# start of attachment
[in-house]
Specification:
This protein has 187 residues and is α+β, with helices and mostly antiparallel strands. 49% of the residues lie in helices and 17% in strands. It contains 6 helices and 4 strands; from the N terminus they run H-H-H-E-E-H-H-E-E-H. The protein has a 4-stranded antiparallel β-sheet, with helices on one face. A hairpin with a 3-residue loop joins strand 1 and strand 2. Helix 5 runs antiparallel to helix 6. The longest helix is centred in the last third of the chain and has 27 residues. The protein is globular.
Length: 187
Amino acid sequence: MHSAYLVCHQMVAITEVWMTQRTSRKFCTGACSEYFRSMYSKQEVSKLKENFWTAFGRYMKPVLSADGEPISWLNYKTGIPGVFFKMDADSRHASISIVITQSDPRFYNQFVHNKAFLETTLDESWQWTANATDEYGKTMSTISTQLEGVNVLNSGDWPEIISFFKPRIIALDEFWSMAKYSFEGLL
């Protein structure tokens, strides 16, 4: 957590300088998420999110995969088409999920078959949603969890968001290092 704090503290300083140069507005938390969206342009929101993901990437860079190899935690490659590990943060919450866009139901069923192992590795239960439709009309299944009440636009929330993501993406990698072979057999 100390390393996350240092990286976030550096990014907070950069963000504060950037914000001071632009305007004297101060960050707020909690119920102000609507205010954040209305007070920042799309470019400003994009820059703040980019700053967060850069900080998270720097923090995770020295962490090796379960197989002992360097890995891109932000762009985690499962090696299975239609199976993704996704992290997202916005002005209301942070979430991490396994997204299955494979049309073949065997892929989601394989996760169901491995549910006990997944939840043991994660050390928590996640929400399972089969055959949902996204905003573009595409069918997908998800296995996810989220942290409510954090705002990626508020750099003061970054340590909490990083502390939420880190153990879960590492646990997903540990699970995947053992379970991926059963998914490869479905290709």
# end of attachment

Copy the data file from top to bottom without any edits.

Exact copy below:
[in-house]
Specification:
This protein has 187 residues and is α+β, with helices and mostly antiparallel strands. 49% of the residues lie in helices and 17% in strands. It contains 6 helices and 4 strands; from the N terminus they run H-H-H-E-E-H-H-E-E-H. The protein has a 4-stranded antiparallel β-sheet, with helices on one face. A hairpin with a 3-residue loop joins strand 1 and strand 2. Helix 5 runs antiparallel to helix 6. The longest helix is centred in the last third of the chain and has 27 residues. The protein is globular.
Length: 187
Amino acid sequence: MHSAYLVCHQMVAITEVWMTQRTSRKFCTGACSEYFRSMYSKQEVSKLKENFWTAFGRYMKPVLSADGEPISWLNYKTGIPGVFFKMDADSRHASISIVITQSDPRFYNQFVHNKAFLETTLDESWQWTANATDEYGKTMSTISTQLEGVNVLNSGDWPEIISFFKPRIIALDEFWSMAKYSFEGLL
């Protein structure tokens, strides 16, 4: 957590300088998420999110995969088409999920078959949603969890968001290092 704090503290300083140069507005938390969206342009929101993901990437860079190899935690490659590990943060919450866009139901069923192992590795239960439709009309299944009440636009929330993501993406990698072979057999 100390390393996350240092990286976030550096990014907070950069963000504060950037914000001071632009305007004297101060960050707020909690119920102000609507205010954040209305007070920042799309470019400003994009820059703040980019700053967060850069900080998270720097923090995770020295962490090796379960197989002992360097890995891109932000762009985690499962090696299975239609199976993704996704992290997202916005002005209301942070979430991490396994997204299955494979049309073949065997892929989601394989996760169901491995549910006990997944939840043991994660050390928590996640929400399972089969055959949902996204905003573009595409069918997908998800296995996810989220942290409510954090705002990626508020750099003061970054340590909490990083502390939420880190153990879960590492646990997903540990699970995947053992379970991926059963998914490869479905290709």